I am often reminded that planners in the private world are quietly overlooked and excluded from the vital role they play in our field. For instance, our governing organizations are out there trying to secure federal monies to help support local governments. This is a great thing, as you can't escape the role of government in planning; however, it is being done in a way that separates "us" from "them." Let me explain...
On the American Planning Association website, there is an article entitled:
"Planners Demand Emergency Funding for State, Local Governments"
Ok. Planning is an essential tool, and I am a big supporter. I support you, planners! It then goes on to discuss this:
"The past several months of the COVID-19 pandemic have pulled financial limitations into sharp focus for many state and local governments. While communities are forced to weigh budget-saving measures for the new fiscal year, planners are fighting to keep their jobs."
Ok, again, my government planning friends - I support you! And here's where I say BUT: As an independent, one-person planning firm (self-employed), I have felt very overlooked in this whole pandemic because I don't qualify for grants as I have no employees; I am working, so no unemployment for me- oh and I don't qualify anyway; and; aren't I part of the community? Question: will this money be granted to protect government planning jobs also be available for non-government persons in a crunch as we are also an integral part of the planning process? I mean, who do they think are working so very hard to bring them planning applications? *sigh* It goes on to say:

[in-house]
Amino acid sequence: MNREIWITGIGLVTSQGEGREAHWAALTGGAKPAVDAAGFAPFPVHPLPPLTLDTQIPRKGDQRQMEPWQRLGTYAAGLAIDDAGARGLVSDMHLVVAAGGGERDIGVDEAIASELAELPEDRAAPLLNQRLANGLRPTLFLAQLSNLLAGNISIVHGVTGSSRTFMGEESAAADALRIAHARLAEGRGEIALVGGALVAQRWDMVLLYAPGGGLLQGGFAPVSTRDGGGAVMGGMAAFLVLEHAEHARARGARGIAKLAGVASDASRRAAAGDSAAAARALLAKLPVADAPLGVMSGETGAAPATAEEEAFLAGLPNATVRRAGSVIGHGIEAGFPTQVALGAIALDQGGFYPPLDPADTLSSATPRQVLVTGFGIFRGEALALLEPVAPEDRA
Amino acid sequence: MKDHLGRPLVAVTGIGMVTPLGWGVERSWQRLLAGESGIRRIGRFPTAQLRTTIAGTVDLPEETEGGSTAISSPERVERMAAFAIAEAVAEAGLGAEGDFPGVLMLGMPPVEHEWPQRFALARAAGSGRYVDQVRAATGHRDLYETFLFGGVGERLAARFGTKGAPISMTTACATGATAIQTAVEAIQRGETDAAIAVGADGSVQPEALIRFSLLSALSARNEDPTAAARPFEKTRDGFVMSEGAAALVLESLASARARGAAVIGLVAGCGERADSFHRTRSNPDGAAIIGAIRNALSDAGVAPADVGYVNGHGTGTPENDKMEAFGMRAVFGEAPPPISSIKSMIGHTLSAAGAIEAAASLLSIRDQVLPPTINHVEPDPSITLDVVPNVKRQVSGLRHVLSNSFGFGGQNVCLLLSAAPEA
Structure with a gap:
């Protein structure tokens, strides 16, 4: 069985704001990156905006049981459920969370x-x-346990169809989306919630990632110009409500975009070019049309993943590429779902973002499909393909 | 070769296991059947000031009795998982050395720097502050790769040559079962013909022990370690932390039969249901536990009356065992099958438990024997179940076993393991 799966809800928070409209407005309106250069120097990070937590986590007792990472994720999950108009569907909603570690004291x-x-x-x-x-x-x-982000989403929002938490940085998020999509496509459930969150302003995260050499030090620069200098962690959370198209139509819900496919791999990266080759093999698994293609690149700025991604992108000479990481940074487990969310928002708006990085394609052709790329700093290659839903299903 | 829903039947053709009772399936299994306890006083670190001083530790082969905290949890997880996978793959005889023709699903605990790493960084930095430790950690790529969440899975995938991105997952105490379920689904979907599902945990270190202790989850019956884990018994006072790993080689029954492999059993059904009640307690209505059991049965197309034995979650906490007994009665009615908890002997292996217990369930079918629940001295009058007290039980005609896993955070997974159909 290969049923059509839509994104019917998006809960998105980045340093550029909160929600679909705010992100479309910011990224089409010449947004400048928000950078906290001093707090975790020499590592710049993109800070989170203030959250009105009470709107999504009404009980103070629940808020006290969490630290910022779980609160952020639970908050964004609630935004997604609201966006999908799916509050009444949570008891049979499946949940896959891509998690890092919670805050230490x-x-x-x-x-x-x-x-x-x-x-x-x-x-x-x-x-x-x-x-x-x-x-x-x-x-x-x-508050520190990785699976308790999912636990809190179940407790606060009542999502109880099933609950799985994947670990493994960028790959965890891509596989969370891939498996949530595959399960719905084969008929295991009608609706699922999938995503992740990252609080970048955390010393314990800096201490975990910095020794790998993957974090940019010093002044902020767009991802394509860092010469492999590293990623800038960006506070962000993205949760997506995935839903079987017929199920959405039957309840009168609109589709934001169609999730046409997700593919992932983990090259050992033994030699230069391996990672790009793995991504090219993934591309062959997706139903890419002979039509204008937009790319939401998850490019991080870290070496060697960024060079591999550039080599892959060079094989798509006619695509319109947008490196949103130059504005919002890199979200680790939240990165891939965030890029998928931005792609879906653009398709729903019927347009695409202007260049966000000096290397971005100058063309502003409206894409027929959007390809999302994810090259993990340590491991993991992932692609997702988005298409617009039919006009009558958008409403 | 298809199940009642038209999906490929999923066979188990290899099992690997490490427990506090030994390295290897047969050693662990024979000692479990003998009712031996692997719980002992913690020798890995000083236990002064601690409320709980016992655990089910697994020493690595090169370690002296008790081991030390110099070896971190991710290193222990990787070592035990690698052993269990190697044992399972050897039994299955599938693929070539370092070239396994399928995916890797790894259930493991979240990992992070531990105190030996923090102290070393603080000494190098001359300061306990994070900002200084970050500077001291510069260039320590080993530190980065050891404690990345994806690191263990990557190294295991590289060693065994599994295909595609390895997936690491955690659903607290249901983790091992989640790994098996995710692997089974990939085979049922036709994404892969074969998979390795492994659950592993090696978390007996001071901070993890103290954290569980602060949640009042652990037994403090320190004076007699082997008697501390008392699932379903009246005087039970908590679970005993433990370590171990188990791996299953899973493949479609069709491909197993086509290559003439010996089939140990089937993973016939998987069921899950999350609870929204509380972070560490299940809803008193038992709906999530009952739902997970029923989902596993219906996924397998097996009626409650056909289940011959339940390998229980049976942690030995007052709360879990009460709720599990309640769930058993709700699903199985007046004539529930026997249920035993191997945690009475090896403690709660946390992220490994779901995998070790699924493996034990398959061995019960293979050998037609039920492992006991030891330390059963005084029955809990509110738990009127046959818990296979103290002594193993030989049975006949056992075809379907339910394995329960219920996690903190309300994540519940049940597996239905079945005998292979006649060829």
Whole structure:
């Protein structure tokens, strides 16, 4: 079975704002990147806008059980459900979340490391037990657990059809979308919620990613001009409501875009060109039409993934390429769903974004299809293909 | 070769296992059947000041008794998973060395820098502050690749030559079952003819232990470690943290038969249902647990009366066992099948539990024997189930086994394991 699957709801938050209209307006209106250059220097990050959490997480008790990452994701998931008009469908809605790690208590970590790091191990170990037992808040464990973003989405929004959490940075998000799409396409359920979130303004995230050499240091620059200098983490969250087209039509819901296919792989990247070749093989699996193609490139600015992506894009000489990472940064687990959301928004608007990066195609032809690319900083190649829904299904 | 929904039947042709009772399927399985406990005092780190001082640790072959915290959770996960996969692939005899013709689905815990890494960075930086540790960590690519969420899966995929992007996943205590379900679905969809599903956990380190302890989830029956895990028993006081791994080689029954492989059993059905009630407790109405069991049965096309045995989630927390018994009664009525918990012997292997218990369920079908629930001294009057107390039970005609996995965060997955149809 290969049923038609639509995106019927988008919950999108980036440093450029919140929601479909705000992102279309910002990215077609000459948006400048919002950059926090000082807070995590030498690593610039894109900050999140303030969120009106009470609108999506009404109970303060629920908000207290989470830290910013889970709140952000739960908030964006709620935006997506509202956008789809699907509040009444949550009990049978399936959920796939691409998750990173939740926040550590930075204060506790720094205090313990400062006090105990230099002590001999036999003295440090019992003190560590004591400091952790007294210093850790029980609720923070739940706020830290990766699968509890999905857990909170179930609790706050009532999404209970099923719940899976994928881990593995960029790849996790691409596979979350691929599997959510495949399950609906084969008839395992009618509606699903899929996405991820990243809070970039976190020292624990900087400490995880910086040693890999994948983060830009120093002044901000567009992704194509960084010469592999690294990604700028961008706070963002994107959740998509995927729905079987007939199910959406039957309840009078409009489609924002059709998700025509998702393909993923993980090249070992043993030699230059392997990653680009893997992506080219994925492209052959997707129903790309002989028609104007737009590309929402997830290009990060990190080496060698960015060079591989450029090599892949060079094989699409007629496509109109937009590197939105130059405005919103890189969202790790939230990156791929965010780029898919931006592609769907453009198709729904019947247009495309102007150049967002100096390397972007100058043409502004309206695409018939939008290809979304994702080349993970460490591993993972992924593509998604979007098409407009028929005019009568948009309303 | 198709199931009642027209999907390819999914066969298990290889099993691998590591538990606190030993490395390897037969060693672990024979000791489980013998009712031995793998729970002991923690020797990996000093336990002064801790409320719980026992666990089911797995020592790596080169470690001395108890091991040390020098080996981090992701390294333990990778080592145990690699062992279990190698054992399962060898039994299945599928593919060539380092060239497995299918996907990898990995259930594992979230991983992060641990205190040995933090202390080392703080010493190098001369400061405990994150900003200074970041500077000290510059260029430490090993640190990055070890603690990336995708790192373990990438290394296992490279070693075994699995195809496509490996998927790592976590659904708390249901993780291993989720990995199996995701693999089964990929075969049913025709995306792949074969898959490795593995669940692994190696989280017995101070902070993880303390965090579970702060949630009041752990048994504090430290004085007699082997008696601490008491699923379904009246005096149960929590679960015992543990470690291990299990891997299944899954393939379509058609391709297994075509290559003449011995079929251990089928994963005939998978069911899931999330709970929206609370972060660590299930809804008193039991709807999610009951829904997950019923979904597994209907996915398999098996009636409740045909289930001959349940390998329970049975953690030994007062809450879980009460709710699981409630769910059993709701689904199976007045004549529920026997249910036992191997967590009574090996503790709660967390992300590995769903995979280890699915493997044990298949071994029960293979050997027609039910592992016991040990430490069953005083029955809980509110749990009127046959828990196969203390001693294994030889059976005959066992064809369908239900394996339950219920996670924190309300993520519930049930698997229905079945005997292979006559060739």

"Yet planners and planning-supported services are increasingly being terminated due to lack of funding. This leaves communities without the expertise and resources to continue long-awaited community projects, to plan for the present and future of residents in an equitable way, or even to maintain the struggling local economies during this pandemic."
I get what they are saying- hey, I am involved in community projects, am a resident, AND part of the local economy. (Another but), it leaves this minority planner starving for the same love and recognition from the same organization that public and private planners pay the same dues to (correction, many government employers pay their dues/conferences/training. I pay everything under the sun out of my own pocket, and I make a whole-ton less than when I worked in government).
My point in this post is that you need to be careful in only marketing towards the majority of a professional group as government employees, "accidentally" excluding the minority of private or independent planners. This little guy is important to my community and often overlooked in big professional organizations. HOWEVER, if that's the way you think, then I'd be HAPPY to take a discount when my dues are to be paid in December. Oh, by the way, APA, the dues are based on a minimum salary of $50,000. Yeah, um...about that...